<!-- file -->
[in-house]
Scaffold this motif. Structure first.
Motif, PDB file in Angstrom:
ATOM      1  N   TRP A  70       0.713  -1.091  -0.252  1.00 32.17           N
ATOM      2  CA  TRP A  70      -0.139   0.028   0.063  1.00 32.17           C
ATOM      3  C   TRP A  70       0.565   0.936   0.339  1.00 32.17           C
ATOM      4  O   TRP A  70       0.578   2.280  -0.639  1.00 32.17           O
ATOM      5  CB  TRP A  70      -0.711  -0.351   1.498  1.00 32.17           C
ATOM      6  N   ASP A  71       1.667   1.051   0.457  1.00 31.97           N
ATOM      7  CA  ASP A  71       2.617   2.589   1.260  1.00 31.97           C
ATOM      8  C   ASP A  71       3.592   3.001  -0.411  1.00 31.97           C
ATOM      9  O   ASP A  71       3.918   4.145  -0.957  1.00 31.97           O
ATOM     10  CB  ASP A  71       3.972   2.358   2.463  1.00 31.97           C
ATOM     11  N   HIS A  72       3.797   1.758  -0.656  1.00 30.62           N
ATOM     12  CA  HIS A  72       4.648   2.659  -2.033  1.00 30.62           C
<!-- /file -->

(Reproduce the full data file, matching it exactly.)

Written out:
[in-house]
Scaffold this motif. Structure first.
Motif, PDB file in Angstrom:
ATOM      1  N   TRP A  70       0.713  -1.091  -0.252  1.00 32.17           N
ATOM      2  CA  TRP A  70      -0.139   0.028   0.063  1.00 32.17           C
ATOM      3  C   TRP A  70       0.565   0.936   0.339  1.00 32.17           C
ATOM      4  O   TRP A  70       0.578   2.280  -0.639  1.00 32.17           O
ATOM      5  CB  TRP A  70      -0.711  -0.351   1.498  1.00 32.17           C
ATOM      6  N   ASP A  71       1.667   1.051   0.457  1.00 31.97           N
ATOM      7  CA  ASP A  71       2.617   2.589   1.260  1.00 31.97           C
ATOM      8  C   ASP A  71       3.592   3.001  -0.411  1.00 31.97           C
ATOM      9  O   ASP A  71       3.918   4.145  -0.957  1.00 31.97           O
ATOM     10  CB  ASP A  71       3.972   2.358   2.463  1.00 31.97           C
ATOM     11  N   HIS A  72       3.797   1.758  -0.656  1.00 30.62           N
ATOM     12  CA  HIS A  72       4.648   2.659  -2.033  1.00 30.62           C